Jacob dreams of ladders. A romantic reading of his story would see the ladder as a metaphor of ascent. This child who begins as a deceiver ends surrounded by his children, and is brought back home to Israel for burial. A preacher would tie it up (as many have) with a nice didactic bow.
But Yair Zakovitch is not a preacher, and this is not a homiletic book. It is a profound, unsparing, and deeply learned look at a character who demonstrates the uneasy and charismatic qualities of a flawed hero. This is also a book about the underside of the Bible: the manner in which it hides the shadow of its own story, and the way in which a biblical scholar with a keen eye can bring that tale to light.
Zakovitch begins his short, lucid inquiry by asking why the Torah needs to tell the patriarchal story at all. Why not begin with the Exodus narrative, the chronicle of a people? He reminds us that the early days of Israel were concerned with self-definition. In a land where many tribes shared customs (and perhaps ethnicity), the question was: What made Israel different? The stories of the founders serve to identify Israel by contrast. Other possible tribal associations are repudiated. A people with a unique lineage cannot be confused about its origins, and enemies are wonderfully clarifying when establishing identity.
Paradoxically, this patriarch of identity—whose name is changed to Israel—turns out himself to be entangled in deceit from his first moments. Zakovitch has coauthored, with Avigdor Shinan, a wonderful book in Hebrew called That’s Not What the Good Book Says, which excavates allusions to stories left as mere hints in the text. He demonstrates how widely Jacob’s very name is identified with deceit throughout Scripture. When Jacob is himself deceived, believing his bride to be Rachel when it turns out to be her older sister Leah, the rabbis imagine Leah answering his complaint: “Is there a school without teachers?” Jacob had deceived his father and placed himself before his older brother. Well, Leah says with some justice, my father has deceived you by placing the older (Leah) before the younger.
Of course, were he only a con artist, Jacob would not be worthy of our interest. But Jacob is a dreamer, a legacy he will pass on to his son Joseph, and, in a supreme moment of self-transcendence, he wrestles with an angel and is transformed into Israel—one who struggles with God. Faithful and guileful, there is an unevenness to his character. “We see,” writes Zakovich, “that Jacob alternately exhibited initiative and passiveness.” The patterning of his life, made so clear in this exposition, reveals something important about Jacob that is a model for human understanding.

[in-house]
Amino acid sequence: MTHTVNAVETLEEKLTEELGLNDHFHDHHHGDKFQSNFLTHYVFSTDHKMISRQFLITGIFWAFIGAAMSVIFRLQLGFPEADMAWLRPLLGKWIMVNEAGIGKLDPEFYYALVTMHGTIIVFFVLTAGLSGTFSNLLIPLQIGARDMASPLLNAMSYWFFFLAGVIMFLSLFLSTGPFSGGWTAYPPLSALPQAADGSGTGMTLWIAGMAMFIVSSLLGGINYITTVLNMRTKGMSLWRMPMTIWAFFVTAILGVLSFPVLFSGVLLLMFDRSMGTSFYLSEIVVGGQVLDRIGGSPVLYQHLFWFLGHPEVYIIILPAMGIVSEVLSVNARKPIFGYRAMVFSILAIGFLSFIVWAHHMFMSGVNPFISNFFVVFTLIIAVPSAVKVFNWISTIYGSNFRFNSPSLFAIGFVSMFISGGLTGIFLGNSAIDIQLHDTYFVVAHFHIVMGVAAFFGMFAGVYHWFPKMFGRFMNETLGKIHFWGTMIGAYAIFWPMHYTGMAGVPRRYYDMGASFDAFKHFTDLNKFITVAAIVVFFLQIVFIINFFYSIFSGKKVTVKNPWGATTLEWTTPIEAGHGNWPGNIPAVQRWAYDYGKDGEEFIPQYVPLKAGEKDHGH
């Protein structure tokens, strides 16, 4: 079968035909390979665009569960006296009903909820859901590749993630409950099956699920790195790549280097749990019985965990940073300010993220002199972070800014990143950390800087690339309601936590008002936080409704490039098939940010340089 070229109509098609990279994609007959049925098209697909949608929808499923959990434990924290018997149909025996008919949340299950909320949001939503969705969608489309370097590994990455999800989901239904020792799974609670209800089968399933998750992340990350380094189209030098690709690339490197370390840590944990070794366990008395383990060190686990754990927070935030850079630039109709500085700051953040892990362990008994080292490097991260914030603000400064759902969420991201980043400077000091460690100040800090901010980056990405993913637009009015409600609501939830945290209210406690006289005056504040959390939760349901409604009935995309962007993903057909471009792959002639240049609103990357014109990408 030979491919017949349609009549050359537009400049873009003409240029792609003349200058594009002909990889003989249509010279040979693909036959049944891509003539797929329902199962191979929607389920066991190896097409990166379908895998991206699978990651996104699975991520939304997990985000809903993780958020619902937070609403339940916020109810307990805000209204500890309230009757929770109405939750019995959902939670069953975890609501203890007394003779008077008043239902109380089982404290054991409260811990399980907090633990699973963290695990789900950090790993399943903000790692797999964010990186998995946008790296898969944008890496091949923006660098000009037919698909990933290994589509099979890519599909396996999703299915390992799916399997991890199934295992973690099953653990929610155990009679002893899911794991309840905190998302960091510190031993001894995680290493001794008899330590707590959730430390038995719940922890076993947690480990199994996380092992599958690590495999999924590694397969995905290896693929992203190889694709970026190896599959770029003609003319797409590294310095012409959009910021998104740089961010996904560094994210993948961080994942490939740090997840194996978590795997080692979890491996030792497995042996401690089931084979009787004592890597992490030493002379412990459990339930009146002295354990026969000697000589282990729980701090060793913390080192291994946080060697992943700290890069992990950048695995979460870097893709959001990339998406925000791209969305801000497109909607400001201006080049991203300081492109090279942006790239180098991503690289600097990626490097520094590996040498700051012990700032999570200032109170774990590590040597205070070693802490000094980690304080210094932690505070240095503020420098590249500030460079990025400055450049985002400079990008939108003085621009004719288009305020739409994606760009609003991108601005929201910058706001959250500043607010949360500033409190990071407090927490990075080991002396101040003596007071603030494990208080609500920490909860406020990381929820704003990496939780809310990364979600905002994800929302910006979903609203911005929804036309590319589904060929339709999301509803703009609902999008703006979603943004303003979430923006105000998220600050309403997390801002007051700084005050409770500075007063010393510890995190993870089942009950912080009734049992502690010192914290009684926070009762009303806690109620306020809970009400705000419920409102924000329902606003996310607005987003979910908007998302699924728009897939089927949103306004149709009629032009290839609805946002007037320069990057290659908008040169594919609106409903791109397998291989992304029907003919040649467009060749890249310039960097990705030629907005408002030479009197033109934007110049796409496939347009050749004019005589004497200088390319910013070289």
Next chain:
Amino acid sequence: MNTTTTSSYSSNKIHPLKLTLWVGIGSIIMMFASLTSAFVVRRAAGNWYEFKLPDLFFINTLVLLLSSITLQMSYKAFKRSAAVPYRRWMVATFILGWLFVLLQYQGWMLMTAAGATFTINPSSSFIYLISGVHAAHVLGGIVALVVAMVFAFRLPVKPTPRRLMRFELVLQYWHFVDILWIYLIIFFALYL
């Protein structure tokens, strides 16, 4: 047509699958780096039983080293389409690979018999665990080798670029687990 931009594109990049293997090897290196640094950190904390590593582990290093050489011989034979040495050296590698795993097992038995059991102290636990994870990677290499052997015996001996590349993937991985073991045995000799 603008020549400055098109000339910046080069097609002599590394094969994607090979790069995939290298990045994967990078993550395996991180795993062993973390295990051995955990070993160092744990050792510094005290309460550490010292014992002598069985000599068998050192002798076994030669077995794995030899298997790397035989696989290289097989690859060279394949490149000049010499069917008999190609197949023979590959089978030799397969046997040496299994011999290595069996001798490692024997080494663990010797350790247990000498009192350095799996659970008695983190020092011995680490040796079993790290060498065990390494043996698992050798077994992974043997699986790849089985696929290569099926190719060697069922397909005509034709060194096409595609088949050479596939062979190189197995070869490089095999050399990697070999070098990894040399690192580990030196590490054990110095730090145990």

Jacob’s life is not only a story of cunning; he is the “victim” of parental favoritism. While his father preferred his brother Esau, his mother guided him to steal the birthright. Jacob, in turn, practices favoritism with Joseph, with near-catastrophic results: Joseph’s brothers intend to kill him and end up selling him into slavery. Jacob is separated from his beloved mother by deceit and is later separated from his favorite son for decades, deceived by his own children. (They bring a bloody coat to Jacob recounting that Joseph was eaten by wild animals.) He is threatened by his brother Esau but ultimately reconciles with him, much as he later watches his son Joseph reconcile with his brothers.
These stories are part of the many accounts of fractured families that characterize all of Genesis. To close the circle, Jacob, who was blessed by his old blind father in his dotage, blesses his grandchildren, Ephraim and Menasseh, and insists on preferring the younger to the older. The alert reader is ready for a new confrontation. Indeed, Joseph tries to correct his father, but Jacob insists on the inverted order. Only, this time it occasions no fight: The brothers are reconciled. Menasseh is the unsung hero of the Torah because he does not protest. And now that some of the family breaches have been healed, the saga of a people can begin with the book of Exodus. In a beautiful moment of clarity, Jacob, the victim and perpetrator of so much family anguish, becomes the agent of its healing.
Zakovitch tells all this both straight and slant, recounting the story so that the reader is refamiliarized, but also pointing out where the seams of the text show through. For instance, in the story of Dinah, known as the “Rape of Dinah,” was the rape, in fact, added later for justification? Was Jacob’s story a pattern for the saga of King David? Where was Rachel’s gravesite, and why are two different locations given?
Zakovitch has provocative and interesting answers to these and many other questions. In his gripping exegesis, we see Jacob as alternately courageous, cunning, self-pitying, faithful, and distrustful. The reader is left wondering why this fascinating, deeply flawed man lends his name to the people of Israel when surely we would have chosen a more upright representative. The answer can only be what Rabbi Alexandri said so beautifully in the Midrash: “If a person uses broken vessels it is considered an embarrassment, but God seeks out broken vessels for His use.”
In his imperfection, his struggles, his wariness, and his gratitude—in his very brokenness—Jacob reflects who we are, with slight, shining hints of who we might be. Israel, indeed.
David Wolpe, rabbi of Sinai Temple in Los Angeles, is the author, most recently, of Why Faith Matters.